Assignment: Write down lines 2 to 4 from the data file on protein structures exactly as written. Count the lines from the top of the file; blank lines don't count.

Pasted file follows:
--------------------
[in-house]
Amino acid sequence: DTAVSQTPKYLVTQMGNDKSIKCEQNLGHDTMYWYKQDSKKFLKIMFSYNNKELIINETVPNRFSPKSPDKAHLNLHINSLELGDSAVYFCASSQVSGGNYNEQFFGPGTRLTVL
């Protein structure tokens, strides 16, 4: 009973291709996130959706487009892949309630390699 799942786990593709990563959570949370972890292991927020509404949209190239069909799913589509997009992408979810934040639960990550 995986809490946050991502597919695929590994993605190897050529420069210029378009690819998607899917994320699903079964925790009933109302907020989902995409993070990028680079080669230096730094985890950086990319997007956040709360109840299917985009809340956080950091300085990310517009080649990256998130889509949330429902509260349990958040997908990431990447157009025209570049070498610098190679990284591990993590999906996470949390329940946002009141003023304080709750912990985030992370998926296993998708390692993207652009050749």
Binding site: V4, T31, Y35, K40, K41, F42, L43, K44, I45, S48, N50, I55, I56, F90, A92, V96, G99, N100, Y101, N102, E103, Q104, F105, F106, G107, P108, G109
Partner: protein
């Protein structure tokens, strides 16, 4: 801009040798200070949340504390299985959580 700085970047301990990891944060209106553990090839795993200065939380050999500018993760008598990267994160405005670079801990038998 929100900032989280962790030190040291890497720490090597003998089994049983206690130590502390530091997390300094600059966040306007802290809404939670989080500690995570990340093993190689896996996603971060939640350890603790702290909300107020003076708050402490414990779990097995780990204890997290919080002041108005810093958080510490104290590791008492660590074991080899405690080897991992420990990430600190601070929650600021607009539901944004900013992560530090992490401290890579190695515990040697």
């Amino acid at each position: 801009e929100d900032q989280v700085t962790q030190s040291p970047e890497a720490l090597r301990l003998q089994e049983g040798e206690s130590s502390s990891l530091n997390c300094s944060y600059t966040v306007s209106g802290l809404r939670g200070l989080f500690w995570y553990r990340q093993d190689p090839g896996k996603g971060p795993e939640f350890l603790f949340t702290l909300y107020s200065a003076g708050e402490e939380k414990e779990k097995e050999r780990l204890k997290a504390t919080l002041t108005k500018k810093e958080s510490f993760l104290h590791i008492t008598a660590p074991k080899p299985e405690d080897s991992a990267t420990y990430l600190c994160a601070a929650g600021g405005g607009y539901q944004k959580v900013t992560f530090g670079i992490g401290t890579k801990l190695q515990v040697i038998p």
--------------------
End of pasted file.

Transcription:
Amino acid sequence: DTAVSQTPKYLVTQMGNDKSIKCEQNLGHDTMYWYKQDSKKFLKIMFSYNNKELIINETVPNRFSPKSPDKAHLNLHINSLELGDSAVYFCASSQVSGGNYNEQFFGPGTRLTVL
């Protein structure tokens, strides 16, 4: 009973291709996130959706487009892949309630390699 799942786990593709990563959570949370972890292991927020509404949209190239069909799913589509997009992408979810934040639960990550 995986809490946050991502597919695929590994993605190897050529420069210029378009690819998607899917994320699903079964925790009933109302907020989902995409993070990028680079080669230096730094985890950086990319997007956040709360109840299917985009809340956080950091300085990310517009080649990256998130889509949330429902509260349990958040997908990431990447157009025209570049070498610098190679990284591990993590999906996470949390329940946002009141003023304080709750912990985030992370998926296993998708390692993207652009050749």
Binding site: V4, T31, Y35, K40, K41, F42, L43, K44, I45, S48, N50, I55, I56, F90, A92, V96, G99, N100, Y101, N102, E103, Q104, F105, F106, G107, P108, G109